Nuclear power option

Rogner H-H & Eldin AS (2013). Nuclear power option. In: Arab Environment 6: Sustainable Energy. Eds. Gelil, IA, El-Ashry, M & Saab, N, Beirut: Arab Forum for Environment and Development (AFED).

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Abstract

The Fukushima Daiichi accident initiated by a tsunami triggered a cycle of heightened fears and anxiety about nuclear power. It prompted governments around the world to assess the safety situation of their nuclear fleets or revisit their plans to start national nuclear power programs. Some countries decided to phase out the technology. Other countries decided to postpone the launch of nuclear power programs and put more emphasis on a comprehensive development of their national nuclear infrastructure. While the accident is expected to delay growth in nuclear power, it has not led to a significant retraction of national nuclear power programs globally. The factors that led before March 2011 to the revival in interest have not changed after the accident. Those are: rapidly growing electricity demand, the need for reliable base load electricity at stable and predictable costs, volatile fossil fuel prices, concerns for energy security, and environmental concerns, especially as related to GHGs emissions.

Several Arab countries have also shown an interest in nuclear power despite the fact that these countries hold the largest conventional oil and gas reserves globally. Why then would they consider the nuclear option or, as in the case of the UAE, launch a national nuclear power program with two nuclear power plants already under construction? The factors that rekindled the interest globally are to, a certain extent also, valid for many Arab countries. In addition, at current international market prices oil and gas rich countries can increase overall export revenue by deploying nuclear power domestically and sell the avoided domestic oil and gas use (for electricity generation and desalination) profitably in the international market place.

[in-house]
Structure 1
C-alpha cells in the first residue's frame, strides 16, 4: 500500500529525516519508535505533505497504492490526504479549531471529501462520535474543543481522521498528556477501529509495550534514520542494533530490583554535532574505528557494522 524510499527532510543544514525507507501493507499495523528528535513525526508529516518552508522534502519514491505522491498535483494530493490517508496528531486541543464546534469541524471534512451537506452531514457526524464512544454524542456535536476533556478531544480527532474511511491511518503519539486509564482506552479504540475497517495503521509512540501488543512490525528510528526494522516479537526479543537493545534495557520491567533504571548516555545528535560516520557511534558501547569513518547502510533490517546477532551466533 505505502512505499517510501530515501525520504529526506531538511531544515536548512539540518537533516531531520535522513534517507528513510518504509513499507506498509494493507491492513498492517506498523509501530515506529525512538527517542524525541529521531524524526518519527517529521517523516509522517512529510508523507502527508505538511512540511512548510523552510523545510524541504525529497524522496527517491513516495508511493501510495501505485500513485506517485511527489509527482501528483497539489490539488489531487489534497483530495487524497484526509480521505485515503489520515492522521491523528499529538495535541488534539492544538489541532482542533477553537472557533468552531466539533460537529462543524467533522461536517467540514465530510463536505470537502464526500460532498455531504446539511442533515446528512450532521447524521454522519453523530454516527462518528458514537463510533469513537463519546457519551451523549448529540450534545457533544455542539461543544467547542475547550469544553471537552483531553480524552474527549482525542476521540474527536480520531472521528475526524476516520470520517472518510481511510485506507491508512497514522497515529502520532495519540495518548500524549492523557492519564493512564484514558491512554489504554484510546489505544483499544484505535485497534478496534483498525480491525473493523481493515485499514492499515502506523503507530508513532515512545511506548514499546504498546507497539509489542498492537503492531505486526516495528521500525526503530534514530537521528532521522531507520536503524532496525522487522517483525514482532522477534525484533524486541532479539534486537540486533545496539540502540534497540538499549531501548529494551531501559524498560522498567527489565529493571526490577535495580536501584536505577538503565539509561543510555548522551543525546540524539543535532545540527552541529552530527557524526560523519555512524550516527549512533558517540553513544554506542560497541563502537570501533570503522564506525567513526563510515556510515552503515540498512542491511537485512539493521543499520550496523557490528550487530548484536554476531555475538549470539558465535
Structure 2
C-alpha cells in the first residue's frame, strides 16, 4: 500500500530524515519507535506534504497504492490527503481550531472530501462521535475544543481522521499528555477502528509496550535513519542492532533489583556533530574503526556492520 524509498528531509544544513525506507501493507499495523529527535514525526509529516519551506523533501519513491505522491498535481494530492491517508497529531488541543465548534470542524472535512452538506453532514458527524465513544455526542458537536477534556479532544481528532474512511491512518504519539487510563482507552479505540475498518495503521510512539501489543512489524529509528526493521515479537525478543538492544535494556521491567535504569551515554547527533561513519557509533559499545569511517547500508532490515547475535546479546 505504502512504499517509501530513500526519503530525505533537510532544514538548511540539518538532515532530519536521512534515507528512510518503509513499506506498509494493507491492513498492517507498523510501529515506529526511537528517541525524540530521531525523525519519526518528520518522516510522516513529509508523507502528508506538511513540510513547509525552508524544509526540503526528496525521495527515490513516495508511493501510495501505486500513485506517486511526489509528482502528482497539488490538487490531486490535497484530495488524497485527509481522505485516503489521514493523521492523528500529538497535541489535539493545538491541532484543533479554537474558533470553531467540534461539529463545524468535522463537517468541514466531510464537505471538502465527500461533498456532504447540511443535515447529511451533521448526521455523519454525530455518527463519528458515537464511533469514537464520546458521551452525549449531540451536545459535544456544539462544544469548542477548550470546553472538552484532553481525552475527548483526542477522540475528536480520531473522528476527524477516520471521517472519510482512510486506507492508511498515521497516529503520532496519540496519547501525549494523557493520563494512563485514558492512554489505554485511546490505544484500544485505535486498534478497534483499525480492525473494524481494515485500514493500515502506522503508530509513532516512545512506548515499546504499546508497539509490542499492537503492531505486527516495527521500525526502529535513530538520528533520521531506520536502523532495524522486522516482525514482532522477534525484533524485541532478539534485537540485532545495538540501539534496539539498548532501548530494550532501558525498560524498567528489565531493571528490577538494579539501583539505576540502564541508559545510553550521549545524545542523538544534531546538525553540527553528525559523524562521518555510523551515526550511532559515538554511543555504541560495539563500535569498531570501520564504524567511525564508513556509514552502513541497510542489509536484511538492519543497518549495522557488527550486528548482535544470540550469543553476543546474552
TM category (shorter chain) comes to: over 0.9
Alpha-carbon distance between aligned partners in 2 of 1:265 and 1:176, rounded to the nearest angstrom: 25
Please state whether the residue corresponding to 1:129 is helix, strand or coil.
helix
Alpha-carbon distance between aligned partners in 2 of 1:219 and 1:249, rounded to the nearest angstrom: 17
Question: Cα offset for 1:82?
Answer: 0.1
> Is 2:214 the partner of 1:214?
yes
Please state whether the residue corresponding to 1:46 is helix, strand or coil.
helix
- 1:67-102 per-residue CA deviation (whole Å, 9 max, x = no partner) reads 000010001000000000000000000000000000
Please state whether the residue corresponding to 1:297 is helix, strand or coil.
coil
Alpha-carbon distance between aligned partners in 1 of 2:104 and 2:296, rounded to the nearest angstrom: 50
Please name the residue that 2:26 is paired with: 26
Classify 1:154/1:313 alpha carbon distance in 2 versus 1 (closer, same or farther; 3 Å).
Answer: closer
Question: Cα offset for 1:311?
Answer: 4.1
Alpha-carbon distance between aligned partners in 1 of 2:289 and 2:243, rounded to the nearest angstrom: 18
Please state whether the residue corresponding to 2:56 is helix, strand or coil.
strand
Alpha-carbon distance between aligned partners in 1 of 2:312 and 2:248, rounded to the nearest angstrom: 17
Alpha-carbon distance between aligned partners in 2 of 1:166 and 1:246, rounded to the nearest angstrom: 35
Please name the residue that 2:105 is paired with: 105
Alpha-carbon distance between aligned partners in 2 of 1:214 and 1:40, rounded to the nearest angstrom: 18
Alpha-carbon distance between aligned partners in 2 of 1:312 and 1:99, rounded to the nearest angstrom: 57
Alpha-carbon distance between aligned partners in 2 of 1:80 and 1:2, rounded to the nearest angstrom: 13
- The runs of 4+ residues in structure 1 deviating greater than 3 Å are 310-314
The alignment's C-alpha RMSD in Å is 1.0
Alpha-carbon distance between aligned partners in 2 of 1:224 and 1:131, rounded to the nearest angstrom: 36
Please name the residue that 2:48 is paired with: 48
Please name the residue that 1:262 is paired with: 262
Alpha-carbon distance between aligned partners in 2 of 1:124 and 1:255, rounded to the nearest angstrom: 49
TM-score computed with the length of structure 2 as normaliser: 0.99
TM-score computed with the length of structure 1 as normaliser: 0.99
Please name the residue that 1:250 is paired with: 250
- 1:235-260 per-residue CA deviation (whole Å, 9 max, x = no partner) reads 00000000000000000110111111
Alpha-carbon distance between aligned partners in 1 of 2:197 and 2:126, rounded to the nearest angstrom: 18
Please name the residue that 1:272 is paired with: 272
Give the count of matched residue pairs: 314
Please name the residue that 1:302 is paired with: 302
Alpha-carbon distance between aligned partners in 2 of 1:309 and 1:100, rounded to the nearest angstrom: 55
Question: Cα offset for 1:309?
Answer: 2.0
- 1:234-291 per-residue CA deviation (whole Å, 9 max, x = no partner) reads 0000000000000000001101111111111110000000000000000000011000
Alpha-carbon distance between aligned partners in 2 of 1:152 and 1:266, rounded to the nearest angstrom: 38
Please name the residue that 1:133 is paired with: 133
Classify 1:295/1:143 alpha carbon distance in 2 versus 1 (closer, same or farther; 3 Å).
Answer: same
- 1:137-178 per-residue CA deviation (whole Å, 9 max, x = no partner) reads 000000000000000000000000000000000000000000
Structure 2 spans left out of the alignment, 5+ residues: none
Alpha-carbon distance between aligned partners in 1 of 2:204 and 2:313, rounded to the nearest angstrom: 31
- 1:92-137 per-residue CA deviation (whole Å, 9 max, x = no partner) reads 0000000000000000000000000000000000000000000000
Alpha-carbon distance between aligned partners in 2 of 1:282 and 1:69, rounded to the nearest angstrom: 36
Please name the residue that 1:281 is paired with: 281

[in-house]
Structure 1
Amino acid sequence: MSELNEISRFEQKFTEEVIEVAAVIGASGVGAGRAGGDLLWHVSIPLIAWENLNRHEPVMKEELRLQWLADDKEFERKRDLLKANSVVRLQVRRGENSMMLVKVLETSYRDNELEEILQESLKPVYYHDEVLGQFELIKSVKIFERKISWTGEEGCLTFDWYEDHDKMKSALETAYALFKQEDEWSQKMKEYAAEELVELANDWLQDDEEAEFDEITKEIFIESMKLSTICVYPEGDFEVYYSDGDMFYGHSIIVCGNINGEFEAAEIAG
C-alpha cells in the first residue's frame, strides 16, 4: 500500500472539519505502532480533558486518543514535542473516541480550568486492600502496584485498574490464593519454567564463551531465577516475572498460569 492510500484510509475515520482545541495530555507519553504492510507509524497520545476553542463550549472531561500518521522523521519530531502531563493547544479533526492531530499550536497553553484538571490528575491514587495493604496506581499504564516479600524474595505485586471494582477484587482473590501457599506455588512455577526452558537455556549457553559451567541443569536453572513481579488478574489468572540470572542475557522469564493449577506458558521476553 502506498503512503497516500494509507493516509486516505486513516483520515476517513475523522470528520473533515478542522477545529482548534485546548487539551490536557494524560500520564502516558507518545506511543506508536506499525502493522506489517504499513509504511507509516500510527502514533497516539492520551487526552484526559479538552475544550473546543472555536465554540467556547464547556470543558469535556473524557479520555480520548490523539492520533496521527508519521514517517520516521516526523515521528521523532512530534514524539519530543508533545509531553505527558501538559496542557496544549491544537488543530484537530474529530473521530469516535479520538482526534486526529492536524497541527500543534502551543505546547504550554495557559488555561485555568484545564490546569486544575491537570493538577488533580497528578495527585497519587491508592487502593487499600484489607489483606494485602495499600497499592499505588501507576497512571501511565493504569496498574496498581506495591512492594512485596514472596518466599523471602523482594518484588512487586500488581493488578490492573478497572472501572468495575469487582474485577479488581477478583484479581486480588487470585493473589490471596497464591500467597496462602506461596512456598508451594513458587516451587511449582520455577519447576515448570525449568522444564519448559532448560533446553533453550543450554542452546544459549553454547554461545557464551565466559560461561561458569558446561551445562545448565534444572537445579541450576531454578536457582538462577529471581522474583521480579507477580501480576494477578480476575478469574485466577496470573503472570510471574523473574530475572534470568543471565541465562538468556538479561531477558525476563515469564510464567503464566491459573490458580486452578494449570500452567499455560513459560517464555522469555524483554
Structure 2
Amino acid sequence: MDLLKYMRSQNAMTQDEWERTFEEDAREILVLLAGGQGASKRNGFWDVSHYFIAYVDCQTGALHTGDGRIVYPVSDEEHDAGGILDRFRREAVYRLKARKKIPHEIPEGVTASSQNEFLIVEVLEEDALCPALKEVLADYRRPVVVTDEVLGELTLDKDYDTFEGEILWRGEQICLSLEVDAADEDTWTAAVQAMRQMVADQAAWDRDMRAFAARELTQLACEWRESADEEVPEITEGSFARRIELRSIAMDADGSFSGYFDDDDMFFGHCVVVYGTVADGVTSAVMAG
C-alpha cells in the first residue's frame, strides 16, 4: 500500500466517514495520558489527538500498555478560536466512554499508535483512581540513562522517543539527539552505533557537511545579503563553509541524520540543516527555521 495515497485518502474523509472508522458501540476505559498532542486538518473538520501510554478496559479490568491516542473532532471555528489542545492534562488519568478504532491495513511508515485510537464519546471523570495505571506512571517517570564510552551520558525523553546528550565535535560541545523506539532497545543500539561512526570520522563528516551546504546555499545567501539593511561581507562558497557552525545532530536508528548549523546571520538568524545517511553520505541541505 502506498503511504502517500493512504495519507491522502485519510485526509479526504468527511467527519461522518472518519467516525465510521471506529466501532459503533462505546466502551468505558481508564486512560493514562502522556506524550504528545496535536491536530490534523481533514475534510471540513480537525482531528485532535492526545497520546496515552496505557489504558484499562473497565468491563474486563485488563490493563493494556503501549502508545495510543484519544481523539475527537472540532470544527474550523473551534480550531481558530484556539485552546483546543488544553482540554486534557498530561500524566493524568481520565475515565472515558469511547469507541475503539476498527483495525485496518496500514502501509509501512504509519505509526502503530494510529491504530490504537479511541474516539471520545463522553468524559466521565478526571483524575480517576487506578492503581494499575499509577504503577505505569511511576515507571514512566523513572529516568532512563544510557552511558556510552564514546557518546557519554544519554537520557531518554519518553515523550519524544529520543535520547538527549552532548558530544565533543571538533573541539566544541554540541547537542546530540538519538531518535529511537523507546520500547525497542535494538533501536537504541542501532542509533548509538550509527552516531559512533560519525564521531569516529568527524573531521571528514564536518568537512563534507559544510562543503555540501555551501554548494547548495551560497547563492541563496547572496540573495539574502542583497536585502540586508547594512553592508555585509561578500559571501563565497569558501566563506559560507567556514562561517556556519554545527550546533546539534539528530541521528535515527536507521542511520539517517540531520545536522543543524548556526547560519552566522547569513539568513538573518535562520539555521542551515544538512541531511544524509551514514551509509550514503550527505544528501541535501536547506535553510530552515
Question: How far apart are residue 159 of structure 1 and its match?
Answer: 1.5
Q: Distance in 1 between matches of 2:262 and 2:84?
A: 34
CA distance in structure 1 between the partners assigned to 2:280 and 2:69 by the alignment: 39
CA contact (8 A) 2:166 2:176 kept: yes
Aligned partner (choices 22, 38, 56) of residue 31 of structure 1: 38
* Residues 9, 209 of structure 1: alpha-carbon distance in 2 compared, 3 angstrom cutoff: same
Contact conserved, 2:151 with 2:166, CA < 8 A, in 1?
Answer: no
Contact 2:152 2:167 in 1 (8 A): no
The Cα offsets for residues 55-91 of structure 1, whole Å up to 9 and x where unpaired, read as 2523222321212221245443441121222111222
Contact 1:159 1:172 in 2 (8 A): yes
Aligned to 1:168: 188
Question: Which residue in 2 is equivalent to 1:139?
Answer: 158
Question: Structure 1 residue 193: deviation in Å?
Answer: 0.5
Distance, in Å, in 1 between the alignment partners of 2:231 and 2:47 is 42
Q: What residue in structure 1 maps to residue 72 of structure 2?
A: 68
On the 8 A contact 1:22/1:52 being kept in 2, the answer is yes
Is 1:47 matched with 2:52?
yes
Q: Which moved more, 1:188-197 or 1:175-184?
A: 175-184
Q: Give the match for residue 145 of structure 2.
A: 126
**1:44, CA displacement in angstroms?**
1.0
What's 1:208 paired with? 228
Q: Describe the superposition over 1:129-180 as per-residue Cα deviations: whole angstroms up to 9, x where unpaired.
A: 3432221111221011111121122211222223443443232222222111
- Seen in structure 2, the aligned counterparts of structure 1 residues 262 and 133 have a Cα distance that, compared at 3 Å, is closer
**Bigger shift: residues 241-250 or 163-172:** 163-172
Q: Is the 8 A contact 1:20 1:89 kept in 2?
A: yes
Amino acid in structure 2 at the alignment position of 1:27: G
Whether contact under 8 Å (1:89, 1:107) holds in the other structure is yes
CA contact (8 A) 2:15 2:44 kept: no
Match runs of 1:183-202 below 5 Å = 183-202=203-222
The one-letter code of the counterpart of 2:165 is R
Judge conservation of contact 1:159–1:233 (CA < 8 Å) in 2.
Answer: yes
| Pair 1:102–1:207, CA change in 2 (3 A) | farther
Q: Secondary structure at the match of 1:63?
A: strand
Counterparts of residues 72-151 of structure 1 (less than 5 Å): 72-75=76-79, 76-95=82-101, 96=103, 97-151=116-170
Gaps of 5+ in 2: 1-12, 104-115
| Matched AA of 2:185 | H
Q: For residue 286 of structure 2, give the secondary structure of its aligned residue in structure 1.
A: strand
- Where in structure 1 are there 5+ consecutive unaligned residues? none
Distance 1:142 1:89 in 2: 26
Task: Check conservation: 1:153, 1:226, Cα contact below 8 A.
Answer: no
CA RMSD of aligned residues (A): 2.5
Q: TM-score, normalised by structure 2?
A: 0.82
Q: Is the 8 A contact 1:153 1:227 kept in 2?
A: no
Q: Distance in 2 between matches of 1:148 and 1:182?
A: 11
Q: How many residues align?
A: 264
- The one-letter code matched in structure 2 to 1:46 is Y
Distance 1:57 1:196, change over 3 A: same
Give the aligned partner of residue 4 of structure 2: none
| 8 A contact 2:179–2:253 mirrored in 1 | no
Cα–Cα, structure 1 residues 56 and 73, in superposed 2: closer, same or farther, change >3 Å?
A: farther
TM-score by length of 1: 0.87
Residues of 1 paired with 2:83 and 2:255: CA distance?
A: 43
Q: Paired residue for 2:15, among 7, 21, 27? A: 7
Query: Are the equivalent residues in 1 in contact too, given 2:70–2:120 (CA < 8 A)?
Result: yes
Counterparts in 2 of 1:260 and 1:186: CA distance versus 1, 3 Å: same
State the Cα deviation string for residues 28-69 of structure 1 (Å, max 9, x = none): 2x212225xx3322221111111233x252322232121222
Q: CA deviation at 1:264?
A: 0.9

While there are many promising benefits, there are also demanding challenges and daunting obstacles to overcome on the road to nuclear power. Nuclear power is a highly complex technology. Mastering these to reap its benefits is a challenge. Nuclear power is less forgiving than other energy technologies, requiring persistent discipline in operation and strictest adherence to safety standards. Equally important is competent and effective regulatory oversight. Even technologically advanced countries can have serious weaknesses in their national nuclear programs. In technologically less advanced countries without a well-developed safety culture, the introduction of nuclear power needs to balance the added risk with the benefits. A successful, safe and secure nuclear power program requires a strong and unwavering long term national commitment, with high initial efforts to develop the required infrastructure, especially human resources and an effective and disciplined management system for all components of the nuclear fuel cycle. While technical solutions for the safe and secure ultimate disposal of nuclear waste do exist and are being pursued, lingering doubt and debate will continue globally until several implementations currently underway have been successfully demonstrated.

What is right for the Arab countries depends on the region's national preferences and policy priorities. For now, the unfolding changes in the region are pointing to delays in planning and implementation of nuclear power programs in several Arab countries.

Item Type: Book Section
Research Programs: Energy (ENE)
Bibliographic Reference: In: IA Gelil, M El-Ashry, N Saab (Eds); Arab Environment 6: Sustainable Energy; Arab Forum for Environment and Development (AFED), Beirut, Lebanon pp.72-103 (October 2013)
Related URLs:
Depositing User: IIASA Import
Date Deposited: 15 Jan 2016 08:49
Last Modified: 20 Jan 2016 16:48
URI: http://pure.iiasa.ac.at/10578

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